In this Workflow we know there will now be a message in Zaqar now. The Mistral action zaqar.queue_pop can be used to receive it...

$ mistral run-action zaqar.queue_pop '{"queue_name": "workflow-output"}'
{"result": [{"body": "Send some input to 'workflow-input'", "age": 4, "queue": {"_metadata": null, "client": null, "_name": "workflow-output"}, "href": null, "ttl": 3600, "_id": "589049397dcad341ecfb72cf"}]}

The JSON is a bit hard to read, but you can see the message body Send some input to 'workflow-input'.

Great. We can do that with another Mistral action...

$ mistral run-action zaqar.queue_post '{"queue_name": "workflow-input", "messages":{"body": {"testing": 123}}}'
{"result": {"resources": ["/v2/queues/workflow-input/messages/589049447dcad341ecfb72d0"]}}

After sending the message back to the requested Workflow we can unpause it. This can be done like this...

$ mistral execution-update -s RUNNING e8e2bfd5-3ae4-46db-9230-ada00a2c0c8c
+-------------------+--------------------------------------+
| Field             | Value                                |
+-------------------+--------------------------------------+
| ID                | e8e2bfd5-3ae4-46db-9230-ada00a2c0c8c |
| Workflow ID       | bdd1253e-68f8-4cf3-9af0-0957e4a31631 |
| Workflow name     | interactive-workflow                 |
| Description       |                                      |
| Task Execution ID | <none>                               |
| State             | RUNNING                              |
| State info        | None                                 |
| Created at        | 2017-01-31 08:22:17                  |
| Updated at        | 2017-01-31 08:22:38                  |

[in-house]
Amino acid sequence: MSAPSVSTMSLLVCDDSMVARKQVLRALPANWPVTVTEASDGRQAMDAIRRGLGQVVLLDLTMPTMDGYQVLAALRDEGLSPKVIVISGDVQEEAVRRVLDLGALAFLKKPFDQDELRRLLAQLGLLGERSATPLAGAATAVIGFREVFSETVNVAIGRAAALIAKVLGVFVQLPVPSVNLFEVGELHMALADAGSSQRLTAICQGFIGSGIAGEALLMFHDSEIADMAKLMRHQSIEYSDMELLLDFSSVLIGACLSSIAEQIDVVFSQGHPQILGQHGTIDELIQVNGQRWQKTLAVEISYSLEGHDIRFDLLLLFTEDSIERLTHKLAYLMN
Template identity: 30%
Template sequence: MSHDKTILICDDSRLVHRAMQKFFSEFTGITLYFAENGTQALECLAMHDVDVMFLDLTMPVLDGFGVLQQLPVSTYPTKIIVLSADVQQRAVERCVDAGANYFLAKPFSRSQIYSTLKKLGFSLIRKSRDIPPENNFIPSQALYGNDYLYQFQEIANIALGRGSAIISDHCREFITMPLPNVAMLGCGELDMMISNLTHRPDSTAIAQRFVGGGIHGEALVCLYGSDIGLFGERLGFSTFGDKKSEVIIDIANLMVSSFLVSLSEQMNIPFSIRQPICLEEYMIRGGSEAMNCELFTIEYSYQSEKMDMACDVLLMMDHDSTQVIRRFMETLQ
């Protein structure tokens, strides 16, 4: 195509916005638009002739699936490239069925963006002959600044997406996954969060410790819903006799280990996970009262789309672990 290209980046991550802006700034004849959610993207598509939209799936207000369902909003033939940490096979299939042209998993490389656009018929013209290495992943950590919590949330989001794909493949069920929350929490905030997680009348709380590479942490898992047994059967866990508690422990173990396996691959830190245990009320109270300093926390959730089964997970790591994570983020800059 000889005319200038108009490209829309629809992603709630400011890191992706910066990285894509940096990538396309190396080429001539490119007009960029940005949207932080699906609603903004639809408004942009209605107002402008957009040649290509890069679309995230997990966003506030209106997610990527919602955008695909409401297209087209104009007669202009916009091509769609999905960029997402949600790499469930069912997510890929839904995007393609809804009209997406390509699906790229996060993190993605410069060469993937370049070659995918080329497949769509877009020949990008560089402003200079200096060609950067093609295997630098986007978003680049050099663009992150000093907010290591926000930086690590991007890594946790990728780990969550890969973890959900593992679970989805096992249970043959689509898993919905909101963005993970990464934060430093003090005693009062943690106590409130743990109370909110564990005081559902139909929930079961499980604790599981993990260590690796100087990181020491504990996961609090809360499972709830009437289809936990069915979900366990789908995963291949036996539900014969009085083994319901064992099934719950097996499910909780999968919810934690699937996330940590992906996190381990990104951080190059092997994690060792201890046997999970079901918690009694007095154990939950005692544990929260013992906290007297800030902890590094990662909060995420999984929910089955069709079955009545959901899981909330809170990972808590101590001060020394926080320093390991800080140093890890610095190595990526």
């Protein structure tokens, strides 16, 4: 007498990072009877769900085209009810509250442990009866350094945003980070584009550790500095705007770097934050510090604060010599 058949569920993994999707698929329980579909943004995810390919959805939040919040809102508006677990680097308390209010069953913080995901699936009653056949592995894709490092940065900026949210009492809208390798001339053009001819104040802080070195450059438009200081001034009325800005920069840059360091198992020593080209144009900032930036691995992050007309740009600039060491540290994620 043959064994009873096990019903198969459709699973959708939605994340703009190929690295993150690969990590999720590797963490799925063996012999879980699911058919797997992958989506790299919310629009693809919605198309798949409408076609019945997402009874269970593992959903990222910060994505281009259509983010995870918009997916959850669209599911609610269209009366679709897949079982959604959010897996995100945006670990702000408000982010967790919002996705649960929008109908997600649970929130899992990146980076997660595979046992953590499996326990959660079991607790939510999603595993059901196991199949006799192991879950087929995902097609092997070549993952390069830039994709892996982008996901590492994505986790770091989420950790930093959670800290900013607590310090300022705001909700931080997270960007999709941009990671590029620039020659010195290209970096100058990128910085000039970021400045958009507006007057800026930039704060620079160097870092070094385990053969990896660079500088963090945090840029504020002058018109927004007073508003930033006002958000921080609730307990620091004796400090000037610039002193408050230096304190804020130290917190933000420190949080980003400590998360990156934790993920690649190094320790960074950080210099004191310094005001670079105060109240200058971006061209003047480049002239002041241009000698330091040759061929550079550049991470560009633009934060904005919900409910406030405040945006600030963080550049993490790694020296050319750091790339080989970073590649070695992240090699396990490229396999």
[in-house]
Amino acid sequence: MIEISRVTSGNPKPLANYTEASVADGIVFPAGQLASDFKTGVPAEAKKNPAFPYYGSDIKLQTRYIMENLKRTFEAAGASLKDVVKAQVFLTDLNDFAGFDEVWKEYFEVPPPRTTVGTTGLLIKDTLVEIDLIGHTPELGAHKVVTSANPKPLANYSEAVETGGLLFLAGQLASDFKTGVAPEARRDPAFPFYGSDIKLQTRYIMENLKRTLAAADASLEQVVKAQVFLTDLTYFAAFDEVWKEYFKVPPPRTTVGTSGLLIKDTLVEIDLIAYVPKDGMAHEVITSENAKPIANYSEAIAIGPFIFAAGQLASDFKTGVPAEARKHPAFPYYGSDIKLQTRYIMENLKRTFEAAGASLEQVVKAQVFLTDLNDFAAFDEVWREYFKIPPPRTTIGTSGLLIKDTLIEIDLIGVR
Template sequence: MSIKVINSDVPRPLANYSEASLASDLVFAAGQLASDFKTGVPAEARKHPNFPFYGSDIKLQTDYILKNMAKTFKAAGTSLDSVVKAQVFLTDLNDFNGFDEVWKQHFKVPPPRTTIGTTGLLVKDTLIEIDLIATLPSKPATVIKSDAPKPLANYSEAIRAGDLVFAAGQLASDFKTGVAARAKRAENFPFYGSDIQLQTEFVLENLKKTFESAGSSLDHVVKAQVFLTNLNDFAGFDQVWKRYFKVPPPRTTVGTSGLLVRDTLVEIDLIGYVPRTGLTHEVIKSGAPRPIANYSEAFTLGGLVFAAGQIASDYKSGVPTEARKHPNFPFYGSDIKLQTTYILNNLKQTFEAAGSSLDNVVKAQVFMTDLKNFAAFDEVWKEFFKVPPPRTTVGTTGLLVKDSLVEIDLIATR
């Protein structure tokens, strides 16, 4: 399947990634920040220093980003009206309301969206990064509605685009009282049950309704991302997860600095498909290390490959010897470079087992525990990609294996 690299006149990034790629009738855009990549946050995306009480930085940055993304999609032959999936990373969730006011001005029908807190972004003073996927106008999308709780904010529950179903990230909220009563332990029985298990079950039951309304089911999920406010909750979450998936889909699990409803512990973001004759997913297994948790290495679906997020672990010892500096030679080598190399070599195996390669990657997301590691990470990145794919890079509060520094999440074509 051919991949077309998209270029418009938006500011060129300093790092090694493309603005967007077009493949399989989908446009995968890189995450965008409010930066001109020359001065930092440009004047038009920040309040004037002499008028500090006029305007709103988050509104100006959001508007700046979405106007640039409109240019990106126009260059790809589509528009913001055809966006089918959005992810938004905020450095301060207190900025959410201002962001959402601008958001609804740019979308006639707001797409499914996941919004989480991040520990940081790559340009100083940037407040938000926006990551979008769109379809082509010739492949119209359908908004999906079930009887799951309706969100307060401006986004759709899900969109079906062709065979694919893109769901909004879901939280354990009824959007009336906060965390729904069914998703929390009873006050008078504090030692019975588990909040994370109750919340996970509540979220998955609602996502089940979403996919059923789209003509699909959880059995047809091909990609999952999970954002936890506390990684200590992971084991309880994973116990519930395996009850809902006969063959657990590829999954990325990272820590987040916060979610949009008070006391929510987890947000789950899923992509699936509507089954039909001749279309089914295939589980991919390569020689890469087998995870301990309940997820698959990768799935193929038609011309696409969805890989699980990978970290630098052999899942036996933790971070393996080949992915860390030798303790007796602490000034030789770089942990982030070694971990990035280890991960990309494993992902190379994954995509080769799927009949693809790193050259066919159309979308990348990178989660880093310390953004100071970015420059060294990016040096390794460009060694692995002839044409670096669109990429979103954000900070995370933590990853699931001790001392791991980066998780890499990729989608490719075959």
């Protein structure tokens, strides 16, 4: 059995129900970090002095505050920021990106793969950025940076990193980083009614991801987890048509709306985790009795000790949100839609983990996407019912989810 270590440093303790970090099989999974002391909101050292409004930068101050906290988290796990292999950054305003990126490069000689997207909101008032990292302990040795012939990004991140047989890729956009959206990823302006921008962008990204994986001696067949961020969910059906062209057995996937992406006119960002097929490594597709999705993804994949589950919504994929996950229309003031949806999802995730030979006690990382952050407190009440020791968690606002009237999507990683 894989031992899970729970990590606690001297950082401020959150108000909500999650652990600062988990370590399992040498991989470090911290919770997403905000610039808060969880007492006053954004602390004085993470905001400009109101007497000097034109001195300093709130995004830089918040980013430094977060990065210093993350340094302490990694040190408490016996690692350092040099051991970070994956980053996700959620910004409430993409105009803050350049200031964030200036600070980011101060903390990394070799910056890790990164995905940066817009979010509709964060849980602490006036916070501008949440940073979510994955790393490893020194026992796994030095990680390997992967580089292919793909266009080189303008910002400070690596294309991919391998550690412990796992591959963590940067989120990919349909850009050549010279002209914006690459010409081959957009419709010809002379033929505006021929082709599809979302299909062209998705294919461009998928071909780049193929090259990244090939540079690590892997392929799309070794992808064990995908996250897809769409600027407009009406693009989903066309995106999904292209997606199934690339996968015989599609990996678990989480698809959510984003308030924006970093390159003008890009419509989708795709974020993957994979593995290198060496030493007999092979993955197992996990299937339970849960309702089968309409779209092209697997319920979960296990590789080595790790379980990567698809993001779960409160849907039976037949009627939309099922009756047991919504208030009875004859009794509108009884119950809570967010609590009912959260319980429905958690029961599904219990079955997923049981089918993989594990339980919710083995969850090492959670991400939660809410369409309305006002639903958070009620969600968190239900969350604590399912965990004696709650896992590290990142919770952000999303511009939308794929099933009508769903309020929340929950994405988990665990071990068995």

+-------------------+--------------------------------------+

Finally we can confirm it worked by getting a message back from the Workflow...

$ mistral run-action zaqar.queue_pop '{"queue_name": "workflow-output"}'
{"result": [{"body": "You sent: '{u'testing': 123}'", "age": 6, "queue": {"_metadata": null, "client": null, "_name": "workflow-output"}, "href": null, "ttl": 3600, "_id": "5890494f7dcad341ecfb72d1"}]}

You can see a new message is returned which shows the input we sent.

Caveats

As mentioned above, the main limitation here is that you need to manually unpause the Workflow. It would be nice if there was a way for the Zaqar message to automatically do this.

Polling for messages in the Workflow would be quite easy, with a retry loop and Mistral's continue-on. However, that would be quite resource intensive. If you wanted to do this, a Workflow task like this would probably do the trick.

  wait_for_message:
    action: zaqar.queue_pop
    input:
      queue_name: <% $.input_queue %>
    timeout: 14400
    retry:
      delay: 15
      count: <% $.timeout / 15 %>
      continue-on: <% len(task(wait_for_message).result) > 0 %>

The other limitation is that this Workflow now requires a specific interaction pattern that isn't obvious and documenting it might be a little tricky. However, I think the flexible execution it provides might be worthwhile in some cases.


Thanks for reading. You should follow me on Twitter.

Do you have any feedback or comments? The best place for discussion is on Reddit or Hacker News. Otherwise, email me.